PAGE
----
I'm actually trying to get at something far simpler. For instance, the question "who was the President of the United States in the year 2,000?" has, by any definition, only one true answer which is knowable by anyone who can understand the question.
Even this simple question is going to yield a different result if we change the conceptual frame. Bill Clinton gets our commonsense answer, but certain conceptual schemes might reject that answer. Remember the Heraclitus remark "you cannot step into the same river twice"? A conceptual scheme that is a based on an non-macro object ontology (e.g., quantum ontology, event ontology, process ontology, etc), might see the answer 'Bill Clinton' as misleading and false.
It is ironic to have all those debates on truth when we deal with it on a daily basis.
It is ironic, but I think most of us accept a commonsense realist notion of truth that works well enough in most situations, but fails when as a definition when adequately analyzed.
Harv: The scientific methodologies aren't a pure formal system, but they are much more formal than casual discussion, and we use the methodologies of these formal enterprises to determine what is 'true'. Mike: No, science has nothing to do with truth in principle. You can have true science and false science. In fact, science's power would be severely diminished if we weren't able to produce more false science than true science.
That's why I put quote marks on the term 'true'. I agree, science is based on models that provide adequacy in terms of prediction, retrodiction, and explanation (among others). My point is that most of us treat as 'true' the results of good theories. If asked about where humans first appeared, I think most of us would unhesitantly say the continent of Africa. This is a scientific discovery, and it is to be regarded as 'true'.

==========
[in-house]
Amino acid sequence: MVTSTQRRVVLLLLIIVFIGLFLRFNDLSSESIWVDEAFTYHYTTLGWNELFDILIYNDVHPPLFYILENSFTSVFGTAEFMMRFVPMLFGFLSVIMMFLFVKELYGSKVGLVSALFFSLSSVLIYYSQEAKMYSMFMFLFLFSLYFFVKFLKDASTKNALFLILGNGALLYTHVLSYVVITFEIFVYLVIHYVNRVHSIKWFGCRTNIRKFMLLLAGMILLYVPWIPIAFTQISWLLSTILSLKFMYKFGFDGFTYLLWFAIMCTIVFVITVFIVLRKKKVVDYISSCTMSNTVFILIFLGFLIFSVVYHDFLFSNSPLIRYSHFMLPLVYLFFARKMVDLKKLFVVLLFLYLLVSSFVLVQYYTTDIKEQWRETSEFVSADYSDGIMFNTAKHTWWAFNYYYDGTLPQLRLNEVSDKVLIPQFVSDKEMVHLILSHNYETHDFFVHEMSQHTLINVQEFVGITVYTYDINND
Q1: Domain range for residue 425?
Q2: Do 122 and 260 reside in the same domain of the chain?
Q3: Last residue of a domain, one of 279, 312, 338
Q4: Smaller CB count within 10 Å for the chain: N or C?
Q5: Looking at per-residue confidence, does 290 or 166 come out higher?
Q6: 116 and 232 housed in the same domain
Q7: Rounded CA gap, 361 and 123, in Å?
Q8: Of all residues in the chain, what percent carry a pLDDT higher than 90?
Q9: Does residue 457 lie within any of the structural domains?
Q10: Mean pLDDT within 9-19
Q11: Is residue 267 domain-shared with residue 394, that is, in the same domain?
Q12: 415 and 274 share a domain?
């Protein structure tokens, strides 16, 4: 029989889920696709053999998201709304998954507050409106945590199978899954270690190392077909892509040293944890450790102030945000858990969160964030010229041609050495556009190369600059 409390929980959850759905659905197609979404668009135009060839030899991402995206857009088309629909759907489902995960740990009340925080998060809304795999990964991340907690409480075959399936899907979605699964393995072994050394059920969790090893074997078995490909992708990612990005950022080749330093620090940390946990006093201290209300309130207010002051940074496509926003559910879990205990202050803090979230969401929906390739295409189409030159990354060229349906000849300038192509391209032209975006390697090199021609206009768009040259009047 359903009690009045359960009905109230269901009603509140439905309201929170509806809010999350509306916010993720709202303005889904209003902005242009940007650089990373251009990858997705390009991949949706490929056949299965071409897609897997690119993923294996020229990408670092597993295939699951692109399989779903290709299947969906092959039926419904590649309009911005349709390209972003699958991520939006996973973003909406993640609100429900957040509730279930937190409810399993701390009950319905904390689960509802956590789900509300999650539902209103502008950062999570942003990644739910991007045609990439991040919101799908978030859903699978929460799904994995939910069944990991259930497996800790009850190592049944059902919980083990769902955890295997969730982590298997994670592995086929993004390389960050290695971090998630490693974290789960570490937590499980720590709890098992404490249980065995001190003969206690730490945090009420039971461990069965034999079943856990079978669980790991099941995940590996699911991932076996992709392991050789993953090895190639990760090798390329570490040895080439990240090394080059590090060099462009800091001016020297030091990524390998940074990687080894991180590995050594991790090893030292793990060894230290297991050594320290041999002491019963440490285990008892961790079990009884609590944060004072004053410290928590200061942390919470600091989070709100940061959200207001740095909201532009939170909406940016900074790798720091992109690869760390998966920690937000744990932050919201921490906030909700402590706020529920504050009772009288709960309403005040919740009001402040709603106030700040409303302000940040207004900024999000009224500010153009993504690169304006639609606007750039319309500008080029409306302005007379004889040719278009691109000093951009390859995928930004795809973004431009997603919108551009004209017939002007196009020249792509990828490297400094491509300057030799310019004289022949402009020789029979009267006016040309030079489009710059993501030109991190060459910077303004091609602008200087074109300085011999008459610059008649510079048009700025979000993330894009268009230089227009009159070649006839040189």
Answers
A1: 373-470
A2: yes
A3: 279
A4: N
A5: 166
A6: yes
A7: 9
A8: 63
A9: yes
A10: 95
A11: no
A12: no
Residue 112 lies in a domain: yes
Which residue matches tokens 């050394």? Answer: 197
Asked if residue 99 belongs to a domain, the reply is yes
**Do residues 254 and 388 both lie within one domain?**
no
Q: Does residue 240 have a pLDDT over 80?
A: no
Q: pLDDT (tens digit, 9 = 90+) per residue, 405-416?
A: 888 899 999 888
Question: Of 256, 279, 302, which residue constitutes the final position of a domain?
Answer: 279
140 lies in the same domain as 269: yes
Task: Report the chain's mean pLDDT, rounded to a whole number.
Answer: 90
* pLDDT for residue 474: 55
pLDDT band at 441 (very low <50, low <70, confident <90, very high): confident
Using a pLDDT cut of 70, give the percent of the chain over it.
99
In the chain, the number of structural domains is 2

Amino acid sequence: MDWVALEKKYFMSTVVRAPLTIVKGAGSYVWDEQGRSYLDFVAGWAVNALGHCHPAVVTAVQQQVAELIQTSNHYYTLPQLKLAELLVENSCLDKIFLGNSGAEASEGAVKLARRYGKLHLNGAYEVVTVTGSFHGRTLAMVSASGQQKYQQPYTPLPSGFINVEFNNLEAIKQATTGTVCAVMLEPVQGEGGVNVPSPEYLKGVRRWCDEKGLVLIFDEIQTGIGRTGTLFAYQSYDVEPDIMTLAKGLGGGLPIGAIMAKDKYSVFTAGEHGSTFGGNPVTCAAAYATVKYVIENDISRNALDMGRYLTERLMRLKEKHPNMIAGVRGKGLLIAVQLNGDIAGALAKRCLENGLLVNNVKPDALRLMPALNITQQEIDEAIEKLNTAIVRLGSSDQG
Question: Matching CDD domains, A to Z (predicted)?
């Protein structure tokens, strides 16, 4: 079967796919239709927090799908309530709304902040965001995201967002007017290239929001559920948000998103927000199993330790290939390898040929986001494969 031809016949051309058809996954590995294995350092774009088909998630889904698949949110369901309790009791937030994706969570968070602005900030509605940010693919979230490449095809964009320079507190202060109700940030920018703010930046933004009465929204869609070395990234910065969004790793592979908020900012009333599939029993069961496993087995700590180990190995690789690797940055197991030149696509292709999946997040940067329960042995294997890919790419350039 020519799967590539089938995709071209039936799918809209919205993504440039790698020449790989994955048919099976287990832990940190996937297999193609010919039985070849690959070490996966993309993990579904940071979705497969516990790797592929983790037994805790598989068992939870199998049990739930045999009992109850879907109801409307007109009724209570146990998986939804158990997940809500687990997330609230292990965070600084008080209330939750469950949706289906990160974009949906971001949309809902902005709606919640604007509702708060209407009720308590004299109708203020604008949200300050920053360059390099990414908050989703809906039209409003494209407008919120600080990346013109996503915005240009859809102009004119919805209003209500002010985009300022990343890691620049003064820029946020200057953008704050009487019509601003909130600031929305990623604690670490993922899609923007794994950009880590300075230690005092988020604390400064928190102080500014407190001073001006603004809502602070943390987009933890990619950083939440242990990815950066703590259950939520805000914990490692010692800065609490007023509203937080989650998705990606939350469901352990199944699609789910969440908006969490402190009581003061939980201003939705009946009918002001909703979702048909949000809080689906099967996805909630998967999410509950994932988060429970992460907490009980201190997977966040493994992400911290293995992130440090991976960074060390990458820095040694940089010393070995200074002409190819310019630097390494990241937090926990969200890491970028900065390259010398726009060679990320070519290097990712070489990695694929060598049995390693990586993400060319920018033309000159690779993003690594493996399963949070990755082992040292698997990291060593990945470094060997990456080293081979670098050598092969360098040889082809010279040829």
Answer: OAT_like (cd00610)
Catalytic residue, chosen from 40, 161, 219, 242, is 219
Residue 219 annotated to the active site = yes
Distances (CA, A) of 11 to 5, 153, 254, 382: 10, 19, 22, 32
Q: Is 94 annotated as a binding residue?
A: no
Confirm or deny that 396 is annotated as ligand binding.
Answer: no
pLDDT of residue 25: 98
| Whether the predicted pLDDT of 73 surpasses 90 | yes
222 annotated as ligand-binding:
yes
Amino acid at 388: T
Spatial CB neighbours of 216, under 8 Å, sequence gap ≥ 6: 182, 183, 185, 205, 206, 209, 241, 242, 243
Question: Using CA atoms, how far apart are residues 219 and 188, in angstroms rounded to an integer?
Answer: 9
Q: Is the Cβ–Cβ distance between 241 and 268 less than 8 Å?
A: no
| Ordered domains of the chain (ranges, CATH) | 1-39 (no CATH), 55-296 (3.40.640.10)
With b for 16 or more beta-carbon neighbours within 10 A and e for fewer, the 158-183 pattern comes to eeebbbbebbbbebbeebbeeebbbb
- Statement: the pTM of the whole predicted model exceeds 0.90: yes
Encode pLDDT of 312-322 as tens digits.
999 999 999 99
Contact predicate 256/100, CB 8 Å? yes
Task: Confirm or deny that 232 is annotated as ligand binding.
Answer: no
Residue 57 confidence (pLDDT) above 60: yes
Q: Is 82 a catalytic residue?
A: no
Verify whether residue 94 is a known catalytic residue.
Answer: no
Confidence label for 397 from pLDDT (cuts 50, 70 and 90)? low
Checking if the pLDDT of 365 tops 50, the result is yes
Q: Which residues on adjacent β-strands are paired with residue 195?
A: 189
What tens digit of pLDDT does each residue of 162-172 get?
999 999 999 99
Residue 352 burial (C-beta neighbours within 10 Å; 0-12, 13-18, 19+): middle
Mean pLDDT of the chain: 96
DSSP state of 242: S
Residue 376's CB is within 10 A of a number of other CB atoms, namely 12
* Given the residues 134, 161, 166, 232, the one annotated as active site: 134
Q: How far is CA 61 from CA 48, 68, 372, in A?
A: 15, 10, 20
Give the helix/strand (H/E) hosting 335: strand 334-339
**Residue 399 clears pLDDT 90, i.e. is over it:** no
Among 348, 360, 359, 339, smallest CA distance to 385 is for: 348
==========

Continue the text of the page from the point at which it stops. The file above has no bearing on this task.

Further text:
What you are saying can be interpreted as this: a true statement in one language may be false when translated to another language. But if you take my definition of truth, your proposition becomes a non-sequitur, as only true ideas can be communicated. If a statement may be false upon translation, that means it is not true even in the original, it only appeared to be true. It was an illusion.
Accurate translations may not even be possible. For example, in the case of the above, I cannot see how it is possible to translate an macro object ontology that allows for the existence of a Bill Clinton to in anyway accurately describe a 'Bill Clinton' that is composed of trillions of quantum events that take place over decades. Such kind of reductionism from a macro Bill Clinton object to a 'Bill Clinton' composed of trillions of quantum events might be possible, but there are some good arguments to suggest that such reductions are not possible. The ontologies might fundamentally conflict and that in terms of translations we might be talking about incommensurables in the sense of a Kuhnian paradigm shift. So, let me change T2:
T2': "P contextually obtains and not P contextually obtains for every possible proposition depending on the conceptual scheme Cx used to determine P and not P. Conceptual schemes Cx(1-n) may be incommensurable between each other"
The trick is to come up with a definition of truth that makes T2 impossible. Admitting the possibility of T2, even if just in principle, is equivalent to saying truth does not exist. As I said before, "truth does not exist" is not a valid proposition in any language, formal system, conceptual scheme. Notice there's a difference between truth not existing and our not being able to say such a thing. For instance, I can conceive of a world in which I cannot make any assertions, but I cannot, at any time, assert that I'm not able to make assertions.
Well, let me clarify by what "truth does not exist" is supposed to mean. It means that no particular conceptual scheme captures the essence of ding an sich and, as you pointed out, I should mention that conceptual schemes can be incommensurable (T2') with each other. Now, if you can define 'truth' that satisfies this criteria (T2'), then you may be onto something, but it won't be how most people think of truth. It could just as well be false, and perhaps would be false to some other conceptual scheme that has perhaps equal claim to being 'true'. Again, I'm not saying T2' is the case, just that it must be considered as a possibility.